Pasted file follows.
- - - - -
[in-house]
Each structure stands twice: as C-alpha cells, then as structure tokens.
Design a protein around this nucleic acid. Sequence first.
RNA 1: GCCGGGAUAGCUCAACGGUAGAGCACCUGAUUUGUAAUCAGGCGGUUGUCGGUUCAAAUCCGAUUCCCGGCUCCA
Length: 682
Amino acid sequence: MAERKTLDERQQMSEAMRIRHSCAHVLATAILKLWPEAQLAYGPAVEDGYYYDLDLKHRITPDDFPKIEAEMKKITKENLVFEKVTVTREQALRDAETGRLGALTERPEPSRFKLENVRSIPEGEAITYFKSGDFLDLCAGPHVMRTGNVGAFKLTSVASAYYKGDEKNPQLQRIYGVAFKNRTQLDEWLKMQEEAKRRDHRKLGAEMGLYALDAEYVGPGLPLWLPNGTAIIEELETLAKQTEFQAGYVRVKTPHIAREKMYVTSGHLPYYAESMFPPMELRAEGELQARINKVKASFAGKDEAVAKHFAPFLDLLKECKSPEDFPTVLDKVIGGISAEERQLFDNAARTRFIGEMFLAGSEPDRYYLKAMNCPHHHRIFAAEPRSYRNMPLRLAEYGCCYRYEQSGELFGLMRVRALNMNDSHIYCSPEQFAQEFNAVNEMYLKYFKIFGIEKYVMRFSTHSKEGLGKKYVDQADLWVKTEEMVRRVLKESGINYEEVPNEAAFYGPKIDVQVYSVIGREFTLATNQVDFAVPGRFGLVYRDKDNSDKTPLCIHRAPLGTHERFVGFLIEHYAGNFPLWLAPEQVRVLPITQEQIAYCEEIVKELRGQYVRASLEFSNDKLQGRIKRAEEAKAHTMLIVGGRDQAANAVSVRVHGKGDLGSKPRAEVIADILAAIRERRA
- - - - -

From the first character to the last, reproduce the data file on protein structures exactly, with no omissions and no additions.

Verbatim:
[in-house]
Each structure stands twice: as C-alpha cells, then as structure tokens.
Design a protein around this nucleic acid. Sequence first.
RNA 1: GCCGGGAUAGCUCAACGGUAGAGCACCUGAUUUGUAAUCAGGCGGUUGUCGGUUCAAAUCCGAUUCCCGGCUCCA
Length: 682
Amino acid sequence: MAERKTLDERQQMSEAMRIRHSCAHVLATAILKLWPEAQLAYGPAVEDGYYYDLDLKHRITPDDFPKIEAEMKKITKENLVFEKVTVTREQALRDAETGRLGALTERPEPSRFKLENVRSIPEGEAITYFKSGDFLDLCAGPHVMRTGNVGAFKLTSVASAYYKGDEKNPQLQRIYGVAFKNRTQLDEWLKMQEEAKRRDHRKLGAEMGLYALDAEYVGPGLPLWLPNGTAIIEELETLAKQTEFQAGYVRVKTPHIAREKMYVTSGHLPYYAESMFPPMELRAEGELQARINKVKASFAGKDEAVAKHFAPFLDLLKECKSPEDFPTVLDKVIGGISAEERQLFDNAARTRFIGEMFLAGSEPDRYYLKAMNCPHHHRIFAAEPRSYRNMPLRLAEYGCCYRYEQSGELFGLMRVRALNMNDSHIYCSPEQFAQEFNAVNEMYLKYFKIFGIEKYVMRFSTHSKEGLGKKYVDQADLWVKTEEMVRRVLKESGINYEEVPNEAAFYGPKIDVQVYSVIGREFTLATNQVDFAVPGRFGLVYRDKDNSDKTPLCIHRAPLGTHERFVGFLIEHYAGNFPLWLAPEQVRVLPITQEQIAYCEEIVKELRGQYVRASLEFSNDKLQGRIKRAEEAKAHTMLIVGGRDQAANAVSVRVHGKGDLGSKPRAEVIADILAAIRERRA